Russia said Monday it was suspending its participation in a key agreement with the U.S. to eliminate nuclear weapons.
Russian President Vladimir Putin signed a decree citing "a threat to strategic stability as a result of USA's unfriendly acts toward Russia." This was an obvious reference to a deepening diplomatic spat between the Kremlin and the White House over Syria, as well as tensions and sanctions that followed Russia's 2014 takeover of Crimea and its support to separatists in eastern Ukraine.
Russia-U.S. ties hit their lowest point since the 1991 Soviet collapse in recent weeks after a cease-fire in Syria brokered by Washington and Moscow collapsed and the White House stopped talks on military cooperation with the Kremlin in the war-torn Middle Eastern nation.
The nuclear deal to process 34 tons of weapons-grade plutonium — enough to make 17,000 nuclear warheads — was signed in 2000 by the outgoing administration of President Bill Clinton and Putin's first government. Expanded in 2006 and 2010, it was among the last strategic accords that put an end to the arms race and were enforced despite the ups and downs of U.S.-Russia relations after the 1991 Soviet collapse.
Putin's decree stipulates that Moscow will resume its participation in the accord only if the U.S. fulfills a list of demands, many of which run contrary to security policies the U.S. has pursued for decades. The White House would have to lift all anti-Russian sanctions, "compensate" Russia for the sanctions-related losses and reduce the U.S. military presence in Eastern Europe to pre-2000 levels. In 2015, NATO opened command points in six Eastern European nations allowing a swift deployment of troops and arms.
In the decree, Moscow also claims that Washington is training ultra-nationalist militants in Ukraine and "openly stands up to protect economic crimes" in Russia. It also wants the U.S. to remove personal sanctions and travel bans against Russian officials — a targeted move that hurt some of Putin's oldest and closest allies whose family members live or study in Western Europe or the U.S.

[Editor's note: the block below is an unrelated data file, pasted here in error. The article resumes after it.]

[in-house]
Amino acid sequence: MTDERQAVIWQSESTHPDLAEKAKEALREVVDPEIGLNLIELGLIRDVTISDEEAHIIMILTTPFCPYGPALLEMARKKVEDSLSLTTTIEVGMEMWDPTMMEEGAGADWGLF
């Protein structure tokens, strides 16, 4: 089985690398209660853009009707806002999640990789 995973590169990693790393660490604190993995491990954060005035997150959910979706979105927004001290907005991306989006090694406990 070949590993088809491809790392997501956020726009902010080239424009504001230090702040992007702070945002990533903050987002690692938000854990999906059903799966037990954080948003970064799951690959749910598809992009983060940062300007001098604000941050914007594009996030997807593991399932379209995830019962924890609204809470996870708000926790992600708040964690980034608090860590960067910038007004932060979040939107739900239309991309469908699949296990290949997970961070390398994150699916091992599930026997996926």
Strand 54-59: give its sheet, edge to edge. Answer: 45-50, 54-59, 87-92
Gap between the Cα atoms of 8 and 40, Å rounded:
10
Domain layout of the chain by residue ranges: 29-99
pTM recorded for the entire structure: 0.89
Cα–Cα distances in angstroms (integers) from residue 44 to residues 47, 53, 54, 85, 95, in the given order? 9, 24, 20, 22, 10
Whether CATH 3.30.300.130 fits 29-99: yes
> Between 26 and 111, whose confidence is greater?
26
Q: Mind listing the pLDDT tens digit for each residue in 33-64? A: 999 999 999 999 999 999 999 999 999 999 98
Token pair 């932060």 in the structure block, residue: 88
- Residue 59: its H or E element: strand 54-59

"The decision we made is a signal to Washington," Russian Foreign Minister Sergei said in a statement posted on his ministry's website. "Attempts to talk to Russia from the position of power — to use the language of sanctions and ultimatums, and at the same time, to continue a selective partnership with our country only in the areas that are beneficial to the U.S. — are not going to work."
The decree also calls on the U.S. to provide a detailed plan for the destruction of the 34 tons of plutonium.
Enriched, weapons-grade plutonium or uranium can be detonated to start a spontaneous fission that leads to a nuclear explosion, and the U.S.-Russian deal prescribed the burning of the fuel in remodeled reactors that could be monitored by both sides and international inspectors.
In 2015, Russia started burning the plutonium at a nuclear power station in the Urals region. A similar facility in South Carolina remains unfinished because of high costs.
"We fulfilled our duties, we built the facility. Our American partners did not," Putin said in televised remarks.
Instead, Putin said, the U.S. opted to mix the plutonium with other, nonradioactive materials and store the mix.
"It means that they are retaining the so-called reverse potential, i.e. [the fuel] can yet again be retrieved, reprocessed and turned into weapons-grade plutonium. That's not what we agreed to."
Mansur Mirovalev is a special correspondent.